Cornell program at LAUSD helps kids make better food choices

Friday, March 11, 2016
Cornell program at LAUSD helps kids make better food choices
LAUSD cafeterias are using clever wordplay and better marketing to help kids eat healthier.

LOS ANGELES (KABC) -- At first glance this school lunch menu looks similar to past meals, but food service at the Los Angeles Unified School District has gotten a makeover.

"What we found in studies, that when you put something in that's healthier in front of the child, they tend to take it first," said Laura Benavidez, interim food service director for LAUSD.

Sounds simple, but making healthy look fun enough to eat has been one tough assignment for schools nationwide.

Studies indicating the majority of federally mandated produce and unflavored milks ended up in the trash instead of kids' tummies.

Researchers examined nutrition information for almost 4,800 school-age kids and found that about seven to 20 percent skipped lunch at least once a week.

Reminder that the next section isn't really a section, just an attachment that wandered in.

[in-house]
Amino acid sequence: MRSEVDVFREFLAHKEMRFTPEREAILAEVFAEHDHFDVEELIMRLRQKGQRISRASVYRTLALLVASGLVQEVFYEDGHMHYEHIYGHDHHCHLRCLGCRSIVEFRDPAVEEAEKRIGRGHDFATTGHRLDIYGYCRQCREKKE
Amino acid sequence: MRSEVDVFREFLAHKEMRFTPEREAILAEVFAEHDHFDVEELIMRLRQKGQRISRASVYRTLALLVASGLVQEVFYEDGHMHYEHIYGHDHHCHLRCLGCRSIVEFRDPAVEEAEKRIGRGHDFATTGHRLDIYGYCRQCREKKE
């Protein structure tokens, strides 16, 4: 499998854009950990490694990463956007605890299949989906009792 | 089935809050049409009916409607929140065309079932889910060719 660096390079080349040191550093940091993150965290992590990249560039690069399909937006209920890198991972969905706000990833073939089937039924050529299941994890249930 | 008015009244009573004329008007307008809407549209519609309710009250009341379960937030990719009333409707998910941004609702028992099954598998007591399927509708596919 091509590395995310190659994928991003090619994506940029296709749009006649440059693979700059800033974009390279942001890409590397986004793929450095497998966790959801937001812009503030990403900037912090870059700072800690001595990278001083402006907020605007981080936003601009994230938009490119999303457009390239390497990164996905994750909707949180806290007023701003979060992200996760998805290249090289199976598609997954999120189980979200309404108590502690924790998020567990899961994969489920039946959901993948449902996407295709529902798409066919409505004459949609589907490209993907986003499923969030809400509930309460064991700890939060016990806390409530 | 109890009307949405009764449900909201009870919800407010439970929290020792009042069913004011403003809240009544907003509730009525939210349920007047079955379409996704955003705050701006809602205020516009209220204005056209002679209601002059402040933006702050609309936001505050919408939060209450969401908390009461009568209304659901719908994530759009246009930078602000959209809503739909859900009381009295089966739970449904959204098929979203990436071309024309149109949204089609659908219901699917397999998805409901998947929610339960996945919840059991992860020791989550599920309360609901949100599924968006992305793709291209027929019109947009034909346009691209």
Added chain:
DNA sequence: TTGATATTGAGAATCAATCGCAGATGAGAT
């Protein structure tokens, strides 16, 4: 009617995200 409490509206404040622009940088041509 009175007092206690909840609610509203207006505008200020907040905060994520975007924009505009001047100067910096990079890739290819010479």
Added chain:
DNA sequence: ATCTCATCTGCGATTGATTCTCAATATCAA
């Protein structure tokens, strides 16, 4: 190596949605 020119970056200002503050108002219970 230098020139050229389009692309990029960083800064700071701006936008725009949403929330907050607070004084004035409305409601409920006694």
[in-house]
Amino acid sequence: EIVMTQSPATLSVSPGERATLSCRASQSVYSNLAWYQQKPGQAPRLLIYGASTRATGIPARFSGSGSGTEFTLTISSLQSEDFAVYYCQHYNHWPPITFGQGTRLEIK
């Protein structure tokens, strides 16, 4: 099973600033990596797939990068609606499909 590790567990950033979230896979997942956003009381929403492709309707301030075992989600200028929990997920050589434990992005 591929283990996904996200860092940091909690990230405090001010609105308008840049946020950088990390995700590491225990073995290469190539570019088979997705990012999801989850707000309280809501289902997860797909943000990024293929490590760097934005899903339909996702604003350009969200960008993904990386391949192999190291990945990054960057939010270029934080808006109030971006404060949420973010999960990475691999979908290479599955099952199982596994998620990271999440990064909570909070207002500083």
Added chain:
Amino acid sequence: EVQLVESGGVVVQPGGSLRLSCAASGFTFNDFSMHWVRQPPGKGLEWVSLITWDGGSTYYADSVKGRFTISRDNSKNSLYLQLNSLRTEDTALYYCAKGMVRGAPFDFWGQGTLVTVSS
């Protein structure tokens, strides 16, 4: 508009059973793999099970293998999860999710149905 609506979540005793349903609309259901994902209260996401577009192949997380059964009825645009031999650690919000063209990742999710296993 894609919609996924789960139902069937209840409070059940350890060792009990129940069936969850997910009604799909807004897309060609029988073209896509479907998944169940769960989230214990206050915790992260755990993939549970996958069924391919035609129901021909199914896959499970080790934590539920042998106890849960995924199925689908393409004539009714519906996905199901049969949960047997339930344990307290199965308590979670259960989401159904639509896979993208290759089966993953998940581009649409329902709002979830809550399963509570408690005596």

Studies show lunch is instrumental in making sure kids meet their vitamin and mineral needs.

Cornell University's 'Smarter Lunchrooms' program uses techniques similar to ones restaurants use to encourage diners to order more.

"A lot of bright colors, a lot of signage, changing the names and the lingos of just regular items," said Benavidez.


"An apple becomes an awesome apple," said Benavidez.

It's just the kind of wordplay that entices diners.

Plus, eye-catching packaging resembles ready-to-eat food you'd get at any market or cafe.

Along with the cafeteria, there's also "grab n' go" meals offered at key locations throughout school for those who need to nosh while studying.

And just like at the grocery where they have candy at the checkout counter, they feature beautiful fruit at the point of sale.

LAUSD was awarded $13,500 for each location to test pilot the program. Schools like Francisco Bravo Medical Magnet are setting the stage.

Eleventh grader Ellen Yolyan likes the changes.

"More variety. There's also more nutritious but also good food that we want to eat. I don't see anyone complaining anymore," Yolyan said.